For environmental-effects research related to energy technologies and their use, focusing on the impacts of climate and atmospheric changes on the physiology, growth, and biogeochemical cycles of North American forest ecosystems.
For internationally recognized contributions in distributed and cluster computing, including the development of the Parallel Virtual Machine and the Message Passing Interface standard now widely used in science to solve computational problems in biology, physics, chemistry, and materials science.
For forefront studies of the fundamental science of actinide elements, through mendelevium, which employ novel experimental techniques, make systematic comparisons, and emphasize the role of the elements' electronic configurations.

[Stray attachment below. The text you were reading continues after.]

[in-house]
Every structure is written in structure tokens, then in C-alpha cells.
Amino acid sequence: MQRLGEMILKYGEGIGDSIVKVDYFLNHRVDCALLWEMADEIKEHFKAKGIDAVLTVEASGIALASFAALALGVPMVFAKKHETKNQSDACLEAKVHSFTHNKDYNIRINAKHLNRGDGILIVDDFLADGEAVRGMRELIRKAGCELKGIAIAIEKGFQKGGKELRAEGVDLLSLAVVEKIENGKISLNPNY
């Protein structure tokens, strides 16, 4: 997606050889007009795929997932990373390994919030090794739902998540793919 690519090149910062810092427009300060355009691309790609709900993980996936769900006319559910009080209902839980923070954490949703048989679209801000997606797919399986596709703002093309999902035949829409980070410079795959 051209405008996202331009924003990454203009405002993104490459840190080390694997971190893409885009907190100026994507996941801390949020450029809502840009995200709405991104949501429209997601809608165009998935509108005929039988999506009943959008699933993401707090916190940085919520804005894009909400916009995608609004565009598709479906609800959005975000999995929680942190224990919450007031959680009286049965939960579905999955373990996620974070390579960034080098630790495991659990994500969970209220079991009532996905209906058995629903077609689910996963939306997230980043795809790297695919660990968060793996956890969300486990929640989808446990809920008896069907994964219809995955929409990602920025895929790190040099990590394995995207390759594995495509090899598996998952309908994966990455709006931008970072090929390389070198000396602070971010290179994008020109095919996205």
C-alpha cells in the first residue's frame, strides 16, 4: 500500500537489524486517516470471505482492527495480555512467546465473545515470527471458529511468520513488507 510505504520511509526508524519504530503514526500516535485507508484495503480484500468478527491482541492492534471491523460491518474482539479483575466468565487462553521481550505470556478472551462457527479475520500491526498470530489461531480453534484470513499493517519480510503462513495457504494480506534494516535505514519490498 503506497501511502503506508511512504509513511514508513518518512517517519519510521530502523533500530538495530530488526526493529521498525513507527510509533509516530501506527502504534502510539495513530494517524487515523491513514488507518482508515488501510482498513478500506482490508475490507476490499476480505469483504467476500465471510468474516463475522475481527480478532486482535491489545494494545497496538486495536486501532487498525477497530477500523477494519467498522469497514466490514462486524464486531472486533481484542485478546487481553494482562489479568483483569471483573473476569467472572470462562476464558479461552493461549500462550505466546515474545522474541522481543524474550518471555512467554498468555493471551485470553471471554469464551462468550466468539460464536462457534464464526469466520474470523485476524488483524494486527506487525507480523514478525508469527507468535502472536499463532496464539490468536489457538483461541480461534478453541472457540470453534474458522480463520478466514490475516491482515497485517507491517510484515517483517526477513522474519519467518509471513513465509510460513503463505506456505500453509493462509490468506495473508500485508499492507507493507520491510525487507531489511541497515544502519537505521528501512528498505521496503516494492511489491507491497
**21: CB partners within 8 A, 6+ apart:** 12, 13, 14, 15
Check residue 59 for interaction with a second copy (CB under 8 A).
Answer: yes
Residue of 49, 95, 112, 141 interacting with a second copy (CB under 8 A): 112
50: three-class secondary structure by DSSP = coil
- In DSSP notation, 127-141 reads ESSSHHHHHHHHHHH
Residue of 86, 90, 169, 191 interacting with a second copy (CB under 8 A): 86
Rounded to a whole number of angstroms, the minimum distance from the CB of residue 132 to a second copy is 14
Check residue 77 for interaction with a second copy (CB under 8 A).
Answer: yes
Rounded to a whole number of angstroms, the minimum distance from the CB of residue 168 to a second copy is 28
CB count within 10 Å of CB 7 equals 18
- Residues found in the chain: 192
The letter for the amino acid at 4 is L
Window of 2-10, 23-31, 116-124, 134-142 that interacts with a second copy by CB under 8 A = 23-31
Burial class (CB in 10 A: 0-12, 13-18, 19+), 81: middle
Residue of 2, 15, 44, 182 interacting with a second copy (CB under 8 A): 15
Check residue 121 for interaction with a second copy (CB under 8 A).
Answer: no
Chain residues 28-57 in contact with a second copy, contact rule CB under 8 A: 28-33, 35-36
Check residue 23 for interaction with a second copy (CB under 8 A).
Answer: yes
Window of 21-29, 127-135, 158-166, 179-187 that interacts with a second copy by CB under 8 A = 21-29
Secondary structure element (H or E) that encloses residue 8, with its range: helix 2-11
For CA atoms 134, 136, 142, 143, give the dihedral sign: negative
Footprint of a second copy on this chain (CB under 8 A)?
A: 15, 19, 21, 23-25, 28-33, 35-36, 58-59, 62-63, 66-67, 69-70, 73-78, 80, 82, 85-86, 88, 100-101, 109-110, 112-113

Greenbaum, the winner of the 1995 DOE Biological and Chemical Technologies Research Award, has done extensive experimental work in photosynthesis, the process by which green plants grow, and its application to renewable energy production.
For significant and fundamental achievements in laser-based chemical measurement techniques, such as single molecule detection in liquids, and pioneering the efforts in the development of microfabricated chemical instrumentation, including the laboratory on a chip concept.
For contributions to the development of new concepts and advanced systems for power generation and conversion, through innovative designs of nuclear reactors for aircraft propulsion and space auxiliary power and concepts for thermonuclear fusion reactor power plants
For research extending the theoretical description of direct nuclear reactions and nuclear structure, as one of the first theorists to implement the much more refined and detailed treatment of experimental data made possible by computers